It is no coincidence that we see the densest homeless populations in locations that are also desirable tourist destinations. While they arrive for different reasons, a decent climate is highly sought after and can reduce the burden of everyday life and survival. Tourists travel to warm places like Fort Lauderdale, San Diego and Honolulu to decompress and escape the cold winters. People experiencing homelessness also gravitate to these destinations for a bit of added security, because even if they cannot find any rental assistance or a place in a shelter, they can live more comfortably outside without the daily threat of hypothermia/hyperthermia that they might face in more dramatic climates. Visible homelessness is certainly higher in these locations.

Not all homeless individuals in these climates have travelled to arrive there. The truth is that a quality tourism industry is a powerful economic tool, which unfortunately does not always benefit the whole community. Many individuals experiencing homelessness in these sites have lived there for long periods of time and eventually could not keep up with the constantly-increasing, astronomical cost of living. Home prices and services are too expensive for the average citizen and access to basic necessities, like low-cost grocery stores, is often scarce. Jobs can be limited and many times reserved for skilled outside labor. The hospitality industry, for example, is very competitive; local talent is rarely developed and hardly ever brought into management roles. Orlando serves as an outstanding example of how a single tourist destination, like Disney world, can inflate the cost of living so high that the minimum wage workers keeping the destination running can hardly afford to live within a reasonable distance of the site. In an isolated state like Hawaii, there is fierce competition over job opportunities, even minimum wage work. Without massive job development on the part of the tourism industry, locals will be left with no work and nowhere else to go to look for employment. Even those with jobs are constantly at risk of falling into homelessness, as wages are inadequate to comfortably support a family.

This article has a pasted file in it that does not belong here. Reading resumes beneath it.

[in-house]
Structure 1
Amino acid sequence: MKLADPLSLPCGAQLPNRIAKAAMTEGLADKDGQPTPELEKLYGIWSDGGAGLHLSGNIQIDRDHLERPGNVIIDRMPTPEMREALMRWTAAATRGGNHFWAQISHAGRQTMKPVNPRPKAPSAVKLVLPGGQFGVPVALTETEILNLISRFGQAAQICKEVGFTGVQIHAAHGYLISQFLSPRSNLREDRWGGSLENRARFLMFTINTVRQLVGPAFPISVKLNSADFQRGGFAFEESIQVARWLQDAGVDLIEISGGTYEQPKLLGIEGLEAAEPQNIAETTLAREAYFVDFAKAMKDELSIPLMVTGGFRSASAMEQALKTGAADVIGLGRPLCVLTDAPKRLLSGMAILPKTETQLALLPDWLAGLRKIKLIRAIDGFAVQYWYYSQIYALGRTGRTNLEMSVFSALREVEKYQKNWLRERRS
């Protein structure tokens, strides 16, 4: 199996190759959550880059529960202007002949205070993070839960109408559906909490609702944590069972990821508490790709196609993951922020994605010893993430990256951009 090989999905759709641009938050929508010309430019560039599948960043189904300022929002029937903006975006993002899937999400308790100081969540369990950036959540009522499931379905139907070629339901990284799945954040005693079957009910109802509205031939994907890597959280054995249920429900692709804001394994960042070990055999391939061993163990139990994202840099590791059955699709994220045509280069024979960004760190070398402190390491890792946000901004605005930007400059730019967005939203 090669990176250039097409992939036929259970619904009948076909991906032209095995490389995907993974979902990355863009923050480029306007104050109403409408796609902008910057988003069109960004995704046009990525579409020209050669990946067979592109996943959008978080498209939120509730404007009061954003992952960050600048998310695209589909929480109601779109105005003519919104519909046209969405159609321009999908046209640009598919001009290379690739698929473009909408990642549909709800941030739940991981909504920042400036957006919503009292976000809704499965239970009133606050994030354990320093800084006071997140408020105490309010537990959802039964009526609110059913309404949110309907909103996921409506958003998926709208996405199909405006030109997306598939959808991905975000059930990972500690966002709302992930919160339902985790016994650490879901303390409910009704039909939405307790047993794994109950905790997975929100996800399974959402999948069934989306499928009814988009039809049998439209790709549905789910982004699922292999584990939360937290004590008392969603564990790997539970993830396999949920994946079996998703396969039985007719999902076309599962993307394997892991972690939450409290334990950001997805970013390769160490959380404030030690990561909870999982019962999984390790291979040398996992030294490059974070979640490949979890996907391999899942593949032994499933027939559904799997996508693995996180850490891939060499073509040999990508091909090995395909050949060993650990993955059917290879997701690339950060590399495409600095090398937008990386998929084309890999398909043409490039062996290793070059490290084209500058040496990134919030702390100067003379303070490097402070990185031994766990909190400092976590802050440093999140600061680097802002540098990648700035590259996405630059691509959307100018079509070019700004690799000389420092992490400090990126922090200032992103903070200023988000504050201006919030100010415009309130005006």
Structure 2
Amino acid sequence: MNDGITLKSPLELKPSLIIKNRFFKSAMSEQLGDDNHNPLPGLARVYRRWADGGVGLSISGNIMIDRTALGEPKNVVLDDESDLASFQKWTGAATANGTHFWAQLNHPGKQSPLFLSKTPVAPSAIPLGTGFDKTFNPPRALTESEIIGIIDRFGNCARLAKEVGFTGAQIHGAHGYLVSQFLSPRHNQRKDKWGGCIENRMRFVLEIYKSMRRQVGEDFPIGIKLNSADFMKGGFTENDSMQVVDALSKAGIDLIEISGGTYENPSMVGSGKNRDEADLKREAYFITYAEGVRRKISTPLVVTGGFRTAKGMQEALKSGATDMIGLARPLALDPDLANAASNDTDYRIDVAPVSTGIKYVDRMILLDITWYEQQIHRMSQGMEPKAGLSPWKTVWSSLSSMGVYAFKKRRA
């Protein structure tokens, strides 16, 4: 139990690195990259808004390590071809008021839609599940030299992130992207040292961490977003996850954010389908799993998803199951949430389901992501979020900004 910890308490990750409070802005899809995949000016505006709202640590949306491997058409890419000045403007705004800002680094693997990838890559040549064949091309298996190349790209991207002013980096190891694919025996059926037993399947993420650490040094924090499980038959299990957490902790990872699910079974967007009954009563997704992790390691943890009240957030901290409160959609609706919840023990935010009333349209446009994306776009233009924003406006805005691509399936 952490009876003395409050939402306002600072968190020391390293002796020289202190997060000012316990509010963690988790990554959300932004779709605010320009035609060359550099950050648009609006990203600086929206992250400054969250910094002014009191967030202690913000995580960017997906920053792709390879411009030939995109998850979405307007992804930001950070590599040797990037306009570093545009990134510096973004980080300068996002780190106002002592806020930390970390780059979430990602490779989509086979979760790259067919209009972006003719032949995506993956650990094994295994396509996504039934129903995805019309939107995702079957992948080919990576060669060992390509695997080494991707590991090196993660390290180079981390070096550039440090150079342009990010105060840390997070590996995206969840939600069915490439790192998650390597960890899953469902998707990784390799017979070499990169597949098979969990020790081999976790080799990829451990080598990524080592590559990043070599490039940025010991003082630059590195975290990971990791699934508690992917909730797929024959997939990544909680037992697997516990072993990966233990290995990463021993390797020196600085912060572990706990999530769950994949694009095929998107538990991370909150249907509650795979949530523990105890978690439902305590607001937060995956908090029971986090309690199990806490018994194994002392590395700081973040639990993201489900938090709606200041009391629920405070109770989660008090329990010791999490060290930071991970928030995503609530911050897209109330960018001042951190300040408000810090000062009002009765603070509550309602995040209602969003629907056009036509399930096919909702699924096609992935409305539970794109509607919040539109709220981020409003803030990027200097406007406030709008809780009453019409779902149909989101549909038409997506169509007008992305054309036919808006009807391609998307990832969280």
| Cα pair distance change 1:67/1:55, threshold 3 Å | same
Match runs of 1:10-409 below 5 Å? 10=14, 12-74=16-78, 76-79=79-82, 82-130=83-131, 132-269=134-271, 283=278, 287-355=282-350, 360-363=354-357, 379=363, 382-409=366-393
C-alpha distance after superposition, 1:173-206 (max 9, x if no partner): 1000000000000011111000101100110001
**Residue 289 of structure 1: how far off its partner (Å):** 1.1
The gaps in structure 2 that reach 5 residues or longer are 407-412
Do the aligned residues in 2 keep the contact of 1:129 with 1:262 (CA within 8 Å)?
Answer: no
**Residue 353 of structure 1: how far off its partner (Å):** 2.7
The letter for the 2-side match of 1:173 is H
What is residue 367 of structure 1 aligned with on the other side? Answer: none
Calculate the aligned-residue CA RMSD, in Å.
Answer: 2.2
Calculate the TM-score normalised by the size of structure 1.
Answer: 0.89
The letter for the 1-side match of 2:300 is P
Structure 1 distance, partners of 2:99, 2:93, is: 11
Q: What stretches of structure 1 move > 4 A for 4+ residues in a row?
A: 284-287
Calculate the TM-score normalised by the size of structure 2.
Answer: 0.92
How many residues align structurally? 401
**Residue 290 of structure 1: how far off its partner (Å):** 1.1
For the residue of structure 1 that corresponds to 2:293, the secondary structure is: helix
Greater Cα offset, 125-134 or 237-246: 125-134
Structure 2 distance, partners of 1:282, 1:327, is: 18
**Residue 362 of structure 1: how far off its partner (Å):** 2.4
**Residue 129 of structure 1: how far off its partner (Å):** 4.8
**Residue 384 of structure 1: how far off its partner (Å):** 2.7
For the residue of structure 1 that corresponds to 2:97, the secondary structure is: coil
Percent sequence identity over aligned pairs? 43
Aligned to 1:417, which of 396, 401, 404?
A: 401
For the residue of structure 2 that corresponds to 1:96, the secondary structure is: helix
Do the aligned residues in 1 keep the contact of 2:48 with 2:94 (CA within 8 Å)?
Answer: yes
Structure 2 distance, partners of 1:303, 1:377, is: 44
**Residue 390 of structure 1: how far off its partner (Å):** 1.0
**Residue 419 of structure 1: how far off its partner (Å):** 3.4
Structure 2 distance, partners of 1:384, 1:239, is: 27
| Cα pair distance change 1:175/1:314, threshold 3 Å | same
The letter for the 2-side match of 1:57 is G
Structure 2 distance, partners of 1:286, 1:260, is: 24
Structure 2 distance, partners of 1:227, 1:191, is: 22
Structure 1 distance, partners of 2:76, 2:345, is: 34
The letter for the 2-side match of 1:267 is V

If one were to fall into a state of homelessness, he or she could expect an exceptionally challenging future. Navigating shelter systems, housing authorities, and other service agencies is exhausting and difficult, but in high-tourism zones, those are just a few of the struggles that homeless individuals will face. In states like Florida, California and Hawaii, localities have enacted legislation that effectively criminalizes homelessness, in hopes of pushing the problem out of sight. Governments in these states have even purchased one-way bus or plane tickets for people experiencing homelessness in order to get them out of their jurisdictions. When the economy is so reliant on tourism dollars, it is natural for a local government or tourism board to take complaints seriously. Often times, tourists complain that they feel unsafe or uncomfortable around homeless individuals. The reputation of a destination can be tarnished so quickly, it is almost remarkable to see how agile governments can be in responding to economic threats. They generally first introduce bans to keep people from sleeping in the most visited parts of town. Sometimes they will open up a resource center far from the center of town to try to lure homeless people away from the hot spots.

HONOLULU-CRIMINALIZATION

Sadly, more often they will enact numerous so-called “quality of life” laws that they can use to collect and jail homeless individuals in periodic sweeps. Some examples of laws that are in place are bans on sitting/laying on public sidewalks, bans on begging or panhandling, prohibition of the use of blankets, chairs, tents, etc. in public places, and bans on sharing food with homeless people in public parks. Not only do these laws neglect the immediate needs of people experiencing homelessness, they actually punish them for their current circumstances. They are inherently flawed and will fail to assist in any effort to end homelessness in this country.

Honolulu’s current war on the homeless is perhaps the most concerning, where nightly sweeps and increasing numbers of anti-homeless ordinances are forcing homeless individuals to constantly relocate, but this is taking place all over the country, and not only in tourist destinations. We need to stand together and shout that it is not acceptable for our neighbors to be targeted and jailed simply for being poor.